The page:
We have been working with several lacrosse teams over the years. This year, the Chaparral lacrosse team was interested in something new and a bit different than in years past. They wanted to step it up a bit.
They still need the basic T-shirts and shorts, but also wanted 100 percent polyester performance sweatshirts and pants that have been gaining momentum. Colors? Of course it would be the most production-difficult red and navy. It’s always red, isn’t it? We found ourselves gearing up to print on those shrinking, dye migrating, stretching, bleeding nightmare poly fleece garments. Sounds like fun doesn’t it?
The positive: these garments are more expensive than the common cotton or blended styles, and thus allow us to create better margins. And, the rise in popularity in these fabrics over the last few years has forced us to learn a few tricks every time it finds its way to our presses. It still takes some commitment to get it right. Luckily, we have been working with several printers, ink manufacturers and sporting brands around the world in our consulting work and have several solutions in our back pocket.
Opening a new document to our template in Illustrator, we started by using the type tool to setup the text for LACROSSE in the center of the template. Selecting the text allows you to go through available fonts to choose the best option. An athletic font is the obvious choice here, sized appropriately for the garment.
With the text still selected, we changed our font to outlines to work with it further. We reshaped it a bit, stretched it into place at about 14", then duplicated it and locked the original. Changing it to a spot color, we added the first outline and pasted it back in. After selecting the duplicate layer, we selected our type and changed the fill color to none and the outline to white.
Next, we selected our stroke menu and adjusted the weight to 8-pt, repeating this process and changing its stroke to 16-pt. This would give us the outline with negative space in between. We then added the smaller “Chaparral” type using the same methods earlier but in the customer-requested Coca-Cola font.
We rotated it 90 degrees and set it in front of the big L, sizing it to the same height. Since we built the entire design in spot colors and in Illustrator, it was already separated and ready for output. We built our white printer by building a composite of everything and applying a small stroke (or choke) around everything to compensate for any gain on press and to minimize any colors from peeking under.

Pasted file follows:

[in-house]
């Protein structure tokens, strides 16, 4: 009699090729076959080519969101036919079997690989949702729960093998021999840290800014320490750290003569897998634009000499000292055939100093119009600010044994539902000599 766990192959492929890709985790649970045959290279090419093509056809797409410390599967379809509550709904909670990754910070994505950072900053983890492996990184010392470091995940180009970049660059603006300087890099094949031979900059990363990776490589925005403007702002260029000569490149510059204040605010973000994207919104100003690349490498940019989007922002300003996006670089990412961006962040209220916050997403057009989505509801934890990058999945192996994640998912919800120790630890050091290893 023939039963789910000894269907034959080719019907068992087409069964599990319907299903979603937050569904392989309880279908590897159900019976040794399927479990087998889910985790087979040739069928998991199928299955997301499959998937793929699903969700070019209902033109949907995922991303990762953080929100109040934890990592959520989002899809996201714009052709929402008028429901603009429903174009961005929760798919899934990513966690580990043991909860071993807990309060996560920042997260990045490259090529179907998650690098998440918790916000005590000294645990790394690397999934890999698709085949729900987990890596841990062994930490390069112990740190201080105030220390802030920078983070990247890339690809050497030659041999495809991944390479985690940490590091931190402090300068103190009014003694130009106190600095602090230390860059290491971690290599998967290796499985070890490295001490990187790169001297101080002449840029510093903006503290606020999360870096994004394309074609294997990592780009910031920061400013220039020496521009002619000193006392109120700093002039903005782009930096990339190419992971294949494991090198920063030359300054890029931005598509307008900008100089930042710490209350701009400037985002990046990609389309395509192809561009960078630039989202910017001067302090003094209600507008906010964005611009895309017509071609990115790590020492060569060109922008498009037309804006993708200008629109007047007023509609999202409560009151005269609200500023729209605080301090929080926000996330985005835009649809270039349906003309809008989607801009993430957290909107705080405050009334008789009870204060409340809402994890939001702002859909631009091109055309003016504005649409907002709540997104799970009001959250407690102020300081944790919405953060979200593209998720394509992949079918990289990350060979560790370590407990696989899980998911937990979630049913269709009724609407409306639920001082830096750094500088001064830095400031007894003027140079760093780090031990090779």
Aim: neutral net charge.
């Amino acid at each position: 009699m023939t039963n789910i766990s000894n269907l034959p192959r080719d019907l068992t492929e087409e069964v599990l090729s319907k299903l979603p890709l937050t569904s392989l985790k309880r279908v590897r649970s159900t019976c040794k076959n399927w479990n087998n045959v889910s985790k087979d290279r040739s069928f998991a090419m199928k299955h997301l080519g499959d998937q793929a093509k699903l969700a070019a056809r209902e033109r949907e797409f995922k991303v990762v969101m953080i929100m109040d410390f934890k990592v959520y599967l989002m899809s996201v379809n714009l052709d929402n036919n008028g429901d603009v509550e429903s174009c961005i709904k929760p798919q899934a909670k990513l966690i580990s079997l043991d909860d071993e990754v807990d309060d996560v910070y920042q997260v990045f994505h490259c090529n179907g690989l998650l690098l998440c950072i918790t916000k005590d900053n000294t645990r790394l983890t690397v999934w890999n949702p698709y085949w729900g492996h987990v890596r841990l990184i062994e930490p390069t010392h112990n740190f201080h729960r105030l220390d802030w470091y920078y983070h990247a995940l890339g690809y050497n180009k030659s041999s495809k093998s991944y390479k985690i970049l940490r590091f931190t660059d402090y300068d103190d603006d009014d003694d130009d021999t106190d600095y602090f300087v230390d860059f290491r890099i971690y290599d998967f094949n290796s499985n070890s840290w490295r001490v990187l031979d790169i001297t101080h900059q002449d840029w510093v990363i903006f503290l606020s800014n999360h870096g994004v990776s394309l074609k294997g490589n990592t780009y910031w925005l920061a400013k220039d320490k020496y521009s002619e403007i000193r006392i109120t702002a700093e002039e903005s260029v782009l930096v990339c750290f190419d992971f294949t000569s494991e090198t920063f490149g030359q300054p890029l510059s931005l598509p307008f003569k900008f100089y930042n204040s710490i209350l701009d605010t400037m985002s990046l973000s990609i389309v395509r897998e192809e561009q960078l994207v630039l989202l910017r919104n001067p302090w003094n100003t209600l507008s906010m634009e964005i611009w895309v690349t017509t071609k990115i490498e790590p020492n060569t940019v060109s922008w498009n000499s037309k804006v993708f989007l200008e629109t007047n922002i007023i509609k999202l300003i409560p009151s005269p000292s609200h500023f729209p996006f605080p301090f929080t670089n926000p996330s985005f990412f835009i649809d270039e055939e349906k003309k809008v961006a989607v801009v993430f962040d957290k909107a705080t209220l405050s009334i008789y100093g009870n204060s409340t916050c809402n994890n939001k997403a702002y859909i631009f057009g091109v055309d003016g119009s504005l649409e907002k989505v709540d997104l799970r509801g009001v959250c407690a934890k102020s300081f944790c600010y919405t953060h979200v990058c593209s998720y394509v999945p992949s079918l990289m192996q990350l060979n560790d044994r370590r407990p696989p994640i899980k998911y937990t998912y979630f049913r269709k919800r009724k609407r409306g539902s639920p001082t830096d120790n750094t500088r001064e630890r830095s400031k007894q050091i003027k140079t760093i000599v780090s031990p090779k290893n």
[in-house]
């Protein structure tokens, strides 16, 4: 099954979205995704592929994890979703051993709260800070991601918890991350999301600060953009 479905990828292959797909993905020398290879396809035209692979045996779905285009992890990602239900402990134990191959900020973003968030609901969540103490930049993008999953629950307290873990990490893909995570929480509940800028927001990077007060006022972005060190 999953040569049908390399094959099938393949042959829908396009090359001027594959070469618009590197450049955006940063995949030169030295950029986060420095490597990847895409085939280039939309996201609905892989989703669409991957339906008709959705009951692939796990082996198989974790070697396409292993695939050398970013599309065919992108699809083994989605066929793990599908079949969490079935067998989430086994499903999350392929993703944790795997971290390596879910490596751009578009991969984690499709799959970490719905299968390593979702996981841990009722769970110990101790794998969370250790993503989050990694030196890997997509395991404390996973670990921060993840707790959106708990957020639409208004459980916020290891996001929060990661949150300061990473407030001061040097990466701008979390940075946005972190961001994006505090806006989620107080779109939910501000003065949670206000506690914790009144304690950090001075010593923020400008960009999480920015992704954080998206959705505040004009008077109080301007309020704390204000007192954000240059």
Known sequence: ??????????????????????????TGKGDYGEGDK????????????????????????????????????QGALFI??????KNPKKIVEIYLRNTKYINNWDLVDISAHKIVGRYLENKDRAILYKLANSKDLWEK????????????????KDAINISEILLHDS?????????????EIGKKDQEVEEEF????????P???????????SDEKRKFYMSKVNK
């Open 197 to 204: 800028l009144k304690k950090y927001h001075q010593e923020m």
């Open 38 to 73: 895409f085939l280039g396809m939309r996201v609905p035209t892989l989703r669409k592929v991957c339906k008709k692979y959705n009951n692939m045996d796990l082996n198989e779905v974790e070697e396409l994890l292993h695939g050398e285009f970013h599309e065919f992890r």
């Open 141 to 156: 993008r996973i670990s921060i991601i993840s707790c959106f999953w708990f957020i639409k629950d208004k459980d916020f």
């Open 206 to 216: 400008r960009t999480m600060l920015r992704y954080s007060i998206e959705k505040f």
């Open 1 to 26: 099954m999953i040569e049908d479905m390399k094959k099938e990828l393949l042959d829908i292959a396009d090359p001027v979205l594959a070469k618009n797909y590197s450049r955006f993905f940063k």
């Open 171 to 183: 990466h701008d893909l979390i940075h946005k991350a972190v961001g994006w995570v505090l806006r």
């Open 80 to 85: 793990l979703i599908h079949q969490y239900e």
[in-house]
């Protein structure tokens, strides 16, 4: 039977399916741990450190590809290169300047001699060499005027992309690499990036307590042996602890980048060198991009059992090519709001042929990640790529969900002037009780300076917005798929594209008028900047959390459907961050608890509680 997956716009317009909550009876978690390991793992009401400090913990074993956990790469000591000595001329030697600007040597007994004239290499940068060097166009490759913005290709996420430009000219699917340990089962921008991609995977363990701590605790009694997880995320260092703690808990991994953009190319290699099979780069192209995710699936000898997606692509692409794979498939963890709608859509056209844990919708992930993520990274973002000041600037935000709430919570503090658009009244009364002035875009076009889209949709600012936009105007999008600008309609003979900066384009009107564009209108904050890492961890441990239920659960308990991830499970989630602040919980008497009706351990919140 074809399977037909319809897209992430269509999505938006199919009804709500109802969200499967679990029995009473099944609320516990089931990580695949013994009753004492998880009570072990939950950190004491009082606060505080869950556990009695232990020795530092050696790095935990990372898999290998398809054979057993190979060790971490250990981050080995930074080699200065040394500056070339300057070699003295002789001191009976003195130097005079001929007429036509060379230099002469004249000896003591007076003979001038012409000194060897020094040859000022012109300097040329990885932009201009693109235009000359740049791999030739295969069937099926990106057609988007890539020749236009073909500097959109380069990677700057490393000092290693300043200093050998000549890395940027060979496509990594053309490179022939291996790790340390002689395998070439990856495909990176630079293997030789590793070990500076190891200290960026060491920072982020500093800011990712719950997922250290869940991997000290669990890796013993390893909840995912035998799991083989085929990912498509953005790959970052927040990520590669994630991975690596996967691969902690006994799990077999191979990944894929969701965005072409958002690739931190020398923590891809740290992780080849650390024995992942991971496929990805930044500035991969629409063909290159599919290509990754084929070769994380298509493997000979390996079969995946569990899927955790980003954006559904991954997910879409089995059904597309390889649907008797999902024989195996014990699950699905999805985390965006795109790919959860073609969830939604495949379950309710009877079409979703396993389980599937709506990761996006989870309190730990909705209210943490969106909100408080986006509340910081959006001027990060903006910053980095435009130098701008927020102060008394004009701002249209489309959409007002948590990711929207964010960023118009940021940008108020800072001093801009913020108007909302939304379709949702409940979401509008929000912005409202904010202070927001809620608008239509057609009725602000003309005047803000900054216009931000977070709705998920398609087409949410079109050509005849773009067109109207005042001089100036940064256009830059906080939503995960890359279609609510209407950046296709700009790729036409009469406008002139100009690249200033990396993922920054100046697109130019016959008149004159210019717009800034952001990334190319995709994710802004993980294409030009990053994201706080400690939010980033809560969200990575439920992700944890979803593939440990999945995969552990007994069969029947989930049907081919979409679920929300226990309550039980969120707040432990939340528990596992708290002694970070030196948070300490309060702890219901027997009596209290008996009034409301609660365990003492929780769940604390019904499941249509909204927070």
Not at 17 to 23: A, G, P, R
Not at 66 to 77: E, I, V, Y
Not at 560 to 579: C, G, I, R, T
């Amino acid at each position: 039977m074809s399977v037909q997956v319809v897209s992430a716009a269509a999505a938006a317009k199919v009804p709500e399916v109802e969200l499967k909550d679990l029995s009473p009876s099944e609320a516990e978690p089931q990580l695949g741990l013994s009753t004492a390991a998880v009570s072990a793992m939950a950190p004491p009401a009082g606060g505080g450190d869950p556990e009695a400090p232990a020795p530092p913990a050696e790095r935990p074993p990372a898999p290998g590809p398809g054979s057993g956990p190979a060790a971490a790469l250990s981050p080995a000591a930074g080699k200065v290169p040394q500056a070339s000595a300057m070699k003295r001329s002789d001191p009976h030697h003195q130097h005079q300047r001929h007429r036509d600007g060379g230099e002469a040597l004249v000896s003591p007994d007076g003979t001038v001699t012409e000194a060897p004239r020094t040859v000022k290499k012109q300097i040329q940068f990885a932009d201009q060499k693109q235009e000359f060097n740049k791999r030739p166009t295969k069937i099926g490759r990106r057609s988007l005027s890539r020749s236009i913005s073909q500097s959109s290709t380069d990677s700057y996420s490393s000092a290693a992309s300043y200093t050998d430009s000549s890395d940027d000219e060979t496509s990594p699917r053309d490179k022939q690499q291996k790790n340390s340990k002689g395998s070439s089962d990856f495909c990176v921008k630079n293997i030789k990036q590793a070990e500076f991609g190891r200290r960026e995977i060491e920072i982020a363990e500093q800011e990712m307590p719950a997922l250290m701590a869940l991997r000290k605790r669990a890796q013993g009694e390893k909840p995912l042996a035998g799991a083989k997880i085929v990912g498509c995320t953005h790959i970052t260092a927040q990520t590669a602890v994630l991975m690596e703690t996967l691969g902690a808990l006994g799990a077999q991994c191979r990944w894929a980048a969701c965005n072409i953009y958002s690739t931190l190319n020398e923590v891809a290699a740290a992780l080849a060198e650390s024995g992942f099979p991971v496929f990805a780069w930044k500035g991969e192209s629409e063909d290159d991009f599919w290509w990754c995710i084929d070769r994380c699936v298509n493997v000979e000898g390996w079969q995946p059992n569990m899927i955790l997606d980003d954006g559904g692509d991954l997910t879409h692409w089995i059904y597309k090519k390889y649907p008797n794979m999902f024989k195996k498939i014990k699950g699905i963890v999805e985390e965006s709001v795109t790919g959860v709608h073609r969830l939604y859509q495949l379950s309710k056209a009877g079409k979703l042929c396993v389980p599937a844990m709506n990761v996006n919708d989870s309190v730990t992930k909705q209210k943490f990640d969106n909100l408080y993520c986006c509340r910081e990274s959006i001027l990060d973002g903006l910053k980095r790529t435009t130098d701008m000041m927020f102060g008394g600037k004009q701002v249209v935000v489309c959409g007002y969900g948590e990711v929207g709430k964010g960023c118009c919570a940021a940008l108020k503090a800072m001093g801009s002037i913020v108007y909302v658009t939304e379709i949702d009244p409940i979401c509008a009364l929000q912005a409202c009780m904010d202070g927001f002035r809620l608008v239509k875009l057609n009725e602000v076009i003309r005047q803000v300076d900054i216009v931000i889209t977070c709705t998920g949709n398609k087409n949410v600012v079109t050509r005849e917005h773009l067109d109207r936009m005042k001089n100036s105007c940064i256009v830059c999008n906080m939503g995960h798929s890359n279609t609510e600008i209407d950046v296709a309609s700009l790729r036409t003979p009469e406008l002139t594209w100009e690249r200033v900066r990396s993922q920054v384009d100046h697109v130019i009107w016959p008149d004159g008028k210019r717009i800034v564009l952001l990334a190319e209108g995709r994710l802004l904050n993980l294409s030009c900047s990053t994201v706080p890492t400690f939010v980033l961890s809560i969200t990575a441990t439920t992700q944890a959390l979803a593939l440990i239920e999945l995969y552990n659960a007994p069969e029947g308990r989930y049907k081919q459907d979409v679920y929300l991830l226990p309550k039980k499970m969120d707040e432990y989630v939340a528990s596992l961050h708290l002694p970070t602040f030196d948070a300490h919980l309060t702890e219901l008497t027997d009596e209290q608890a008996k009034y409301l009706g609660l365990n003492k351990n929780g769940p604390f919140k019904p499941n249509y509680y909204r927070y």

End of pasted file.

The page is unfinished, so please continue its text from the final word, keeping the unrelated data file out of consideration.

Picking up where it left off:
Beating the polyester rival
Printing on poly/cotton blended fleece has taught us one trick in particular that comes in handy here: to use a lower-fusion, bleed-resistant poly white as our white printer. The lower cure temperature keeps the unstable polyester dyes from releasing at higher temps. And, of course, the bleed resistance is helpful. We would need every bit of that and then some for these 100 percent poly garments.
Also a plus, the ink companies recently developed what is called a “gray blocker.” It essentially does what the first-down white does; only better—it is additionally designed to block dye migration. We use both in instances such as this project.
We exposed three identical N-102 tpi meshes stretched to 40 N/cm with 15 percent emulsion over mesh (EOM) using the white base film. The first screen was for the gray blocker, followed by a flash and a cool station. The second and third screens would print a poly white, also followed by a flash and cool. The final white fill areas and the colored outline printed last on 272s; red on navy and navy on red, respectively.
The numbers were fairly small and were to be positioned on the leg, so we ran the job on a manual press using sleeve platens. We used 65/95/65 triple ply dual durometer squeegees in all screens—the soft edge with the stiff backer kept the rubber from rolling over. We increased the off-contact considerably to accommodate for the thicker fleece.
The printing technique and the ideal surface of the fleece yielded a very smooth and clean final print quality. We were able to load up all eight platens and run the rotary for all the flashing necessary. We were able to minimize the heat put to the garments by just reaching a gel point on the ink—where it was just barely dry to the touch—during flashing.
The dryer had to be adjusted a bit as well to keep those dyes from releasing. (Standard plastisols need to reach 320°F to cure, while we only wanted to get to 300 for this ink manufacturer’s recommendation.) Simple enough fix was to speed the belt up a bit. All in all, we were able to make the customer very happy. We know this because we have a reorder to print this week and sales were higher than ever.
About the Author
- Email Address firstname.lastname@example.org
Since the day he began his career by reclaiming screens, Lon has been involved in virtually every aspect of screen printing and embroidery. After managing operations large and small, Lon launched businesses dedicated to training, and consulting.
Print This conducts popular seminars and workshops around the world for manufacturers, vendors, and garment decorators.
Graphic Elephants is a screen print and embroidery design and development studio specializing in new techniques for clients with high-end work and short lead times.
Located in Elizabeth, Colorado, Lon can be reached by phone at 303-910-0477 and by email at email@example.com. His website is www.GraphicElephants.com.